7. Train Them How to Communicate

An important part of conflict resolution for managers is preventing future issues. If employees can solve problems themselves, then they won't run to your office and disrupt the overall production workflow. You can train employees to communicate on a small scale, teaching as you mediate to prevent future problems, or you can hold quarterly staff development training with your entire department.

Communication is frequently at the core of conflict. Employees might withhold information or communicate in a way that causes confusion. By improving the skills of your staff as a whole, you can prevent professional and personal disputes because of communication issues.
Never assume your team already knows how to communicate and solve problems on their own. Make the expectation explicit, and give employees the tools they need.

Know When to Seek Out Additional Help

Your employees likely came to you as a manager because you can provide an unbiased point of view. You are a moderator and an expert in resolving conflict. However, there are going to be situations when the conflict is out of your control. If this is the case, know when to get your human resources team involved. A few times to reach out to human resources, or even an outside mediator, include:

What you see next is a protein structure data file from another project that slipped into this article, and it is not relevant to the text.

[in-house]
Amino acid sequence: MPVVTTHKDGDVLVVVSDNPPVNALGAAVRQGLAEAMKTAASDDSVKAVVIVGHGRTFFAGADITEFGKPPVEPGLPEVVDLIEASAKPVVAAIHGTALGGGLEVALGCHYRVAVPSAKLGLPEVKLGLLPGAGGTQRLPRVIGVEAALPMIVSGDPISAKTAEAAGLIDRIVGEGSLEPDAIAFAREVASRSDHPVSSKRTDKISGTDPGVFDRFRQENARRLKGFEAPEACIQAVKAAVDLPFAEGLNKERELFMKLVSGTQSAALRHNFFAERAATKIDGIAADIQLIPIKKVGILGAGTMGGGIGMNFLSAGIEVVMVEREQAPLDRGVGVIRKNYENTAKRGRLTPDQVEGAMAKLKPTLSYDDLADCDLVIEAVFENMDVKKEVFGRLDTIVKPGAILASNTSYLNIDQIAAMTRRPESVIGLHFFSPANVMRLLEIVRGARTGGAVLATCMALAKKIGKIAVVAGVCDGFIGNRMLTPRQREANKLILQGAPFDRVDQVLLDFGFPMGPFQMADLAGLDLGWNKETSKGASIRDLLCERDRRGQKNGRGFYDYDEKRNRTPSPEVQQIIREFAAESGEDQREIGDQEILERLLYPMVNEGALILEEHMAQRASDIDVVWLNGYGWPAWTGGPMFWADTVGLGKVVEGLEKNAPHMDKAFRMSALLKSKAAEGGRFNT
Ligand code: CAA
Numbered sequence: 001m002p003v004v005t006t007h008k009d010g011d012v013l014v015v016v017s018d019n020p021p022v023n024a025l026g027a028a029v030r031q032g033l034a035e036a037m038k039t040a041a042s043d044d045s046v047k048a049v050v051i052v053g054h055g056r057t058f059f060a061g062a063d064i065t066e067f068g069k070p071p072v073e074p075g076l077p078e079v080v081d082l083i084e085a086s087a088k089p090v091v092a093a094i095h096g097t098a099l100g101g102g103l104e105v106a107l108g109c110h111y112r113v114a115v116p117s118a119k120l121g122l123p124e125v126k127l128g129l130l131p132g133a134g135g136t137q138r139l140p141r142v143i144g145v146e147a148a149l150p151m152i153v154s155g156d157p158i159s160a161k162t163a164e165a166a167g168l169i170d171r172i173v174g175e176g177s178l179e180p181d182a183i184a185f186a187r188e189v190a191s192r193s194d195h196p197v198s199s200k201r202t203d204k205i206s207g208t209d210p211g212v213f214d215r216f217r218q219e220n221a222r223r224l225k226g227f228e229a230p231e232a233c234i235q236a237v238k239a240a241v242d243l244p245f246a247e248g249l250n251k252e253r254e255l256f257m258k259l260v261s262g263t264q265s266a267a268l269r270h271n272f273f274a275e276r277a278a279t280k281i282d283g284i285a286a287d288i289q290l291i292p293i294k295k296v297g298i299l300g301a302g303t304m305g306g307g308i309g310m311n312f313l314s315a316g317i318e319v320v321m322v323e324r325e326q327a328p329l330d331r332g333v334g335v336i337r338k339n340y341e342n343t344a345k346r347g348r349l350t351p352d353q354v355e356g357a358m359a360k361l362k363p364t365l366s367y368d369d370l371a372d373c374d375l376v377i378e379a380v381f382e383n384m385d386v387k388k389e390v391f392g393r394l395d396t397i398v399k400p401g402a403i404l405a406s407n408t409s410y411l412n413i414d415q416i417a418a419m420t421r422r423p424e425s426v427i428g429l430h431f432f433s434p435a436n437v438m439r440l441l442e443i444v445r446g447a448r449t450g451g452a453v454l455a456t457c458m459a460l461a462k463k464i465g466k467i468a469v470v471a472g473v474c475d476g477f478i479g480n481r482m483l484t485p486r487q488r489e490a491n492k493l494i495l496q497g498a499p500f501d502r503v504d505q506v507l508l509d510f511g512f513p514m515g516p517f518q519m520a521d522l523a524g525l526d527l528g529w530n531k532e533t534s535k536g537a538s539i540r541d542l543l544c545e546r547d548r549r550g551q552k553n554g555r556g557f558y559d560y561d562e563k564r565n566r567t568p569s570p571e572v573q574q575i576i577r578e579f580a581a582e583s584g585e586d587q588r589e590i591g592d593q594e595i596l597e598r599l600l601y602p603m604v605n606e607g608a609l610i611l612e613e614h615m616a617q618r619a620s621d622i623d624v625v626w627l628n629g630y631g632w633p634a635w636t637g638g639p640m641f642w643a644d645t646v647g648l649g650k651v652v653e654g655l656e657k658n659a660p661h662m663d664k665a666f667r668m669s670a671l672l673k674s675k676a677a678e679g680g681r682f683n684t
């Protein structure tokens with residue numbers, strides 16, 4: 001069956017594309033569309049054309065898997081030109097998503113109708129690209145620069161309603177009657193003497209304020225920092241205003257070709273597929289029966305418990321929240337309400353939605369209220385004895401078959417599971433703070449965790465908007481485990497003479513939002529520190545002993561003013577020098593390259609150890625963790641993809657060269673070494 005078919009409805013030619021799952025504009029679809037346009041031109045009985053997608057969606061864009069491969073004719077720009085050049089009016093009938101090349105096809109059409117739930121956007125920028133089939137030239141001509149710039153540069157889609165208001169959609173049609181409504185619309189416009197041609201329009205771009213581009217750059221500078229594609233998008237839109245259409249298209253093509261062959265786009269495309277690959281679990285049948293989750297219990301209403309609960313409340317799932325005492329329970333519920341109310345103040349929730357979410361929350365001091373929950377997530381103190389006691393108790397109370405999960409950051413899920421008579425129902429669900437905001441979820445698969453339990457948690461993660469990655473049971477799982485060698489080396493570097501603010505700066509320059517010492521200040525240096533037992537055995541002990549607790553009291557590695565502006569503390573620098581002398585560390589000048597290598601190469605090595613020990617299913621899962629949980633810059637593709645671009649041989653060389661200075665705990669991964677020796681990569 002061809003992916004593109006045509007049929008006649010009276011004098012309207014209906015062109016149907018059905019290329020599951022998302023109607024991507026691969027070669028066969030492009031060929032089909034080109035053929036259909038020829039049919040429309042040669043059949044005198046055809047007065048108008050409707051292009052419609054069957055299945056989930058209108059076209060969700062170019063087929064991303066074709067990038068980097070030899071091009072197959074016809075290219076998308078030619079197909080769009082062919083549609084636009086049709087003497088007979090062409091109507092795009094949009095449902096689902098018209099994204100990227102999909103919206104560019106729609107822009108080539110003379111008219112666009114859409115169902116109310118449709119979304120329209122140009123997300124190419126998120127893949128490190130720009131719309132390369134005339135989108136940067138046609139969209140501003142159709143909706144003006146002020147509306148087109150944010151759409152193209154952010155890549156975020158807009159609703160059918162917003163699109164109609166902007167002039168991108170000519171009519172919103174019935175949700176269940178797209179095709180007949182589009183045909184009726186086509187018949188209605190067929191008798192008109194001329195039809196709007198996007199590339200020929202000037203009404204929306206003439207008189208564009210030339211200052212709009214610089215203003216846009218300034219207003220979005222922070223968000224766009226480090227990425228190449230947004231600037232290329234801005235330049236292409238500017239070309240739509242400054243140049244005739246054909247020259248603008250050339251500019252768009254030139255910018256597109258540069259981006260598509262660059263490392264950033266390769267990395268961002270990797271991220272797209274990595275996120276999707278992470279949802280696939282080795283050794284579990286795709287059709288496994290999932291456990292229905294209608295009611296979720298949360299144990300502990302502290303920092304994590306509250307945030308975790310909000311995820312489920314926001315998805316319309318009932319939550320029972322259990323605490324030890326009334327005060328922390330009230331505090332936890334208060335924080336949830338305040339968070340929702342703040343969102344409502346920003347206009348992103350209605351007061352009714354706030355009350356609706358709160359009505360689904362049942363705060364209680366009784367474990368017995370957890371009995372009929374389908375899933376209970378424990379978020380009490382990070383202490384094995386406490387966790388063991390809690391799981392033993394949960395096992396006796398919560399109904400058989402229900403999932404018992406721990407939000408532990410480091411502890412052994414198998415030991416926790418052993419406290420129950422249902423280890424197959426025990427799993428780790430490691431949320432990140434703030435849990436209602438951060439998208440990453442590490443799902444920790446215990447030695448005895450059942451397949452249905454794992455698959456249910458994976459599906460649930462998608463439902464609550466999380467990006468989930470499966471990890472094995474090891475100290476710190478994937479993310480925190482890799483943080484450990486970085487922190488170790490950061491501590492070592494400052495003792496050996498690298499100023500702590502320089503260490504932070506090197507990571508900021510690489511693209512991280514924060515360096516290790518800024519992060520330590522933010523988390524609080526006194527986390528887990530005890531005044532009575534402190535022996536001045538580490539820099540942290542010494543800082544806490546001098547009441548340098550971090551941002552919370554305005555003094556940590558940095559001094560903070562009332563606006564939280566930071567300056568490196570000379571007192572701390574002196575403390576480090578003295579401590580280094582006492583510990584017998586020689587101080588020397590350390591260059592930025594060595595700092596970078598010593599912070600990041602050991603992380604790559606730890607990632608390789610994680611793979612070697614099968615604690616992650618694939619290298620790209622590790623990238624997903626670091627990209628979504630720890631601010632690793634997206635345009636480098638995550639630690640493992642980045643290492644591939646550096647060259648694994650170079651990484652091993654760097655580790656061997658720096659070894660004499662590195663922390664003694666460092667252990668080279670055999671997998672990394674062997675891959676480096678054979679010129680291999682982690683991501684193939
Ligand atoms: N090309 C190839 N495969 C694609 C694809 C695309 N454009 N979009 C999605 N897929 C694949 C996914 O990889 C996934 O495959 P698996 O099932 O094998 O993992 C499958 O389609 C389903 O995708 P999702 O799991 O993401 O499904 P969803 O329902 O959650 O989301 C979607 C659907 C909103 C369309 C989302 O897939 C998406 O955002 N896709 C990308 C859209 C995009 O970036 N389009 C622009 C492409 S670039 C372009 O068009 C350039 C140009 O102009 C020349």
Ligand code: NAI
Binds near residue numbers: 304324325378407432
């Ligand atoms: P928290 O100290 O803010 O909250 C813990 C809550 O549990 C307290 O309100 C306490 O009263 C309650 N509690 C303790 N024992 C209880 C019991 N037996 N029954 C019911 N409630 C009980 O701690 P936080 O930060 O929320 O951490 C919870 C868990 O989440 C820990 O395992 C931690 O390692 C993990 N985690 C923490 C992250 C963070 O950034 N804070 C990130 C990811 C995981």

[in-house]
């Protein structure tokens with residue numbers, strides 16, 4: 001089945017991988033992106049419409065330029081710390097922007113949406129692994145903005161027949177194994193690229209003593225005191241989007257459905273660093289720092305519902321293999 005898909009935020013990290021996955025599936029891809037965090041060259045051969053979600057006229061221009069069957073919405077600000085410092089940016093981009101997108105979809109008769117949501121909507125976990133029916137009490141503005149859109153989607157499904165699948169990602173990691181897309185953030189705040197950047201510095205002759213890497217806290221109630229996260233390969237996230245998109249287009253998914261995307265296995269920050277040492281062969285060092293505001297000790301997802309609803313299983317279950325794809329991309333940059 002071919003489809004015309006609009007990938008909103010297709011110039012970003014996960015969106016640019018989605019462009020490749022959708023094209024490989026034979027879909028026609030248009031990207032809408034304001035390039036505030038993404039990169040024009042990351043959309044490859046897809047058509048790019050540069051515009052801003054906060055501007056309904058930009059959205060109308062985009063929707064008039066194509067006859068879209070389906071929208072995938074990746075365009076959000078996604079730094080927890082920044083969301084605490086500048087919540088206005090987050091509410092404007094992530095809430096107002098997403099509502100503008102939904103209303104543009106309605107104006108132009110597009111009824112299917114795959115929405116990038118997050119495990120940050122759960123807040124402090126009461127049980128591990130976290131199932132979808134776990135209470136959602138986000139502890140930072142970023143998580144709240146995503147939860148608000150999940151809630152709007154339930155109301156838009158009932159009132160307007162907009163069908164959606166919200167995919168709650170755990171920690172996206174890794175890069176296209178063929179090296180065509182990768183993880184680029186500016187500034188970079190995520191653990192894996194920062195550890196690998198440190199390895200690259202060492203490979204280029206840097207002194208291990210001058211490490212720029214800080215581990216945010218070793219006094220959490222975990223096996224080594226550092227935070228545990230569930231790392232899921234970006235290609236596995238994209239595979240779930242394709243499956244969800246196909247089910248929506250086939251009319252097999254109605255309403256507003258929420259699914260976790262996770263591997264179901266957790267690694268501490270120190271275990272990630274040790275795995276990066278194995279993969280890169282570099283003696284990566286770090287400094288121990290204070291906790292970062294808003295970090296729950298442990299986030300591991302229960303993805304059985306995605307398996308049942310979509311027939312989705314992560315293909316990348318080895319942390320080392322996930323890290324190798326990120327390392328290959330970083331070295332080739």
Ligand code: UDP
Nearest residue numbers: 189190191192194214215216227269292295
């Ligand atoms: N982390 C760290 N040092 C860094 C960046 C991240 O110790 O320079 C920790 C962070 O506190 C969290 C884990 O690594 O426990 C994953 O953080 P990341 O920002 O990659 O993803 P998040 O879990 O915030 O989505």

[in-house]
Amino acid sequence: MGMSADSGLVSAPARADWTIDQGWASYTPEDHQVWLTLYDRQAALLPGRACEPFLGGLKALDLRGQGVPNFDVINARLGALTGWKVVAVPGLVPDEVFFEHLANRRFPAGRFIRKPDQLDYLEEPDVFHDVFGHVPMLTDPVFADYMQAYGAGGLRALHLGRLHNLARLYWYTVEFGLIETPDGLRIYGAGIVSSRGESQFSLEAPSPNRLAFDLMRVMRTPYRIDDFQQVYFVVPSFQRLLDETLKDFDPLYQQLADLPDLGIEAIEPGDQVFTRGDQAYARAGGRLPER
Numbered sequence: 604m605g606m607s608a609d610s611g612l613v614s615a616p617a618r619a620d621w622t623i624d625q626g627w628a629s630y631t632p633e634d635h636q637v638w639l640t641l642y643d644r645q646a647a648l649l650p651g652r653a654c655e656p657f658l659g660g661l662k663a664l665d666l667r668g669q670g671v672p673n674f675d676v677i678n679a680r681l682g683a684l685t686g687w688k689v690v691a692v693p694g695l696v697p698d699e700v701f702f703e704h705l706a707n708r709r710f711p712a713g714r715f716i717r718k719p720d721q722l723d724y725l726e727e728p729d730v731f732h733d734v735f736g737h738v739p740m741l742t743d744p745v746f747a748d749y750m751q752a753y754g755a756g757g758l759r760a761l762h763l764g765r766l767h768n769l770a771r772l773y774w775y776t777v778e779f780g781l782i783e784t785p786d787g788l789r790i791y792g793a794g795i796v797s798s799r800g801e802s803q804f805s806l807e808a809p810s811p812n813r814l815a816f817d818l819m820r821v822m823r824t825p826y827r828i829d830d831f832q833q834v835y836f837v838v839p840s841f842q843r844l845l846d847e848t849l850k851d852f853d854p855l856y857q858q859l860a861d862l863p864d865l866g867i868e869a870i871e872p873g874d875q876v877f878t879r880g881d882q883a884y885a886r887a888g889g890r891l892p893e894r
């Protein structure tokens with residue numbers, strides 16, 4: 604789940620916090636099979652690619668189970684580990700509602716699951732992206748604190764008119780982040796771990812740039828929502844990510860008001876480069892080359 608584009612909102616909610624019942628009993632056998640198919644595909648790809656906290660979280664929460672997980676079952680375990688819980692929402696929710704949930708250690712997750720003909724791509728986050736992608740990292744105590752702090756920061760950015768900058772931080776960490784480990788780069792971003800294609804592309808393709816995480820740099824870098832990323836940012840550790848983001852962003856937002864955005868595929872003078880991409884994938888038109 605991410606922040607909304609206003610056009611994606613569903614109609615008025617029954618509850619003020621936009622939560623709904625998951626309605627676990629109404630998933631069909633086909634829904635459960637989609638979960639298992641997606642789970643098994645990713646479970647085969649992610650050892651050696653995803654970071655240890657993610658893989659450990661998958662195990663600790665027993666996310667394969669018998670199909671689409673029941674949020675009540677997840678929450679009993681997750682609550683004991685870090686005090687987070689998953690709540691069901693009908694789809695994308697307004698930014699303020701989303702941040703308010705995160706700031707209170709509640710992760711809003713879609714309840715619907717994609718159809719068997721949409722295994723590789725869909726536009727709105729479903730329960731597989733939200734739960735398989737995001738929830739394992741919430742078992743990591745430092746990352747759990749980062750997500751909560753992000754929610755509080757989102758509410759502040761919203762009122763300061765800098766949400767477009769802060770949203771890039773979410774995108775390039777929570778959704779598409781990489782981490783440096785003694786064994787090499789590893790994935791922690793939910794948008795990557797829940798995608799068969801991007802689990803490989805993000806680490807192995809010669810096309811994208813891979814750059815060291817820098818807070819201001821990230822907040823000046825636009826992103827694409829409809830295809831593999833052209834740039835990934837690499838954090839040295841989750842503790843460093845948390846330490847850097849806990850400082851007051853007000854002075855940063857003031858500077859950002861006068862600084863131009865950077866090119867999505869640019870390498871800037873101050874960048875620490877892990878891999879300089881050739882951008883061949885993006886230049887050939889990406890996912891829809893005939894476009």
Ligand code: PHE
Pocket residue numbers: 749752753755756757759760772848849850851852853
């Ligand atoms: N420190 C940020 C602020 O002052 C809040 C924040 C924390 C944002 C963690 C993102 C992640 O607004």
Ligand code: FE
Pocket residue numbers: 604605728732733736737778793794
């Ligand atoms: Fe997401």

• When your mediation efforts fail.
  • When employees are threatening to quit or calling for the other to get fired.
  • When disagreements are personal (or nonwork-related).
  • When legal issues are involved.
  • When recurring issues need to be addressed.

Working with your HR team or an outside source may provide insight and conflict solutions you had not thought of before. Plus, reaching out for help could open the door for solutions that are outside your management level — such as transferring employees to different departments.

Your employees came to you for help, and it is OK to ask for help yourself.

Workplace conflict management takes time and practice to master. Start with smaller disputes, and reach out to a mentor to review your actions to see how they could be improved. As you become more confident in your leadership and mediation abilities, you can know how to solve certain conflicts and when to refer them to a human resources professional. This will help your team work together in the best way possible, even if the occasional conflict arises.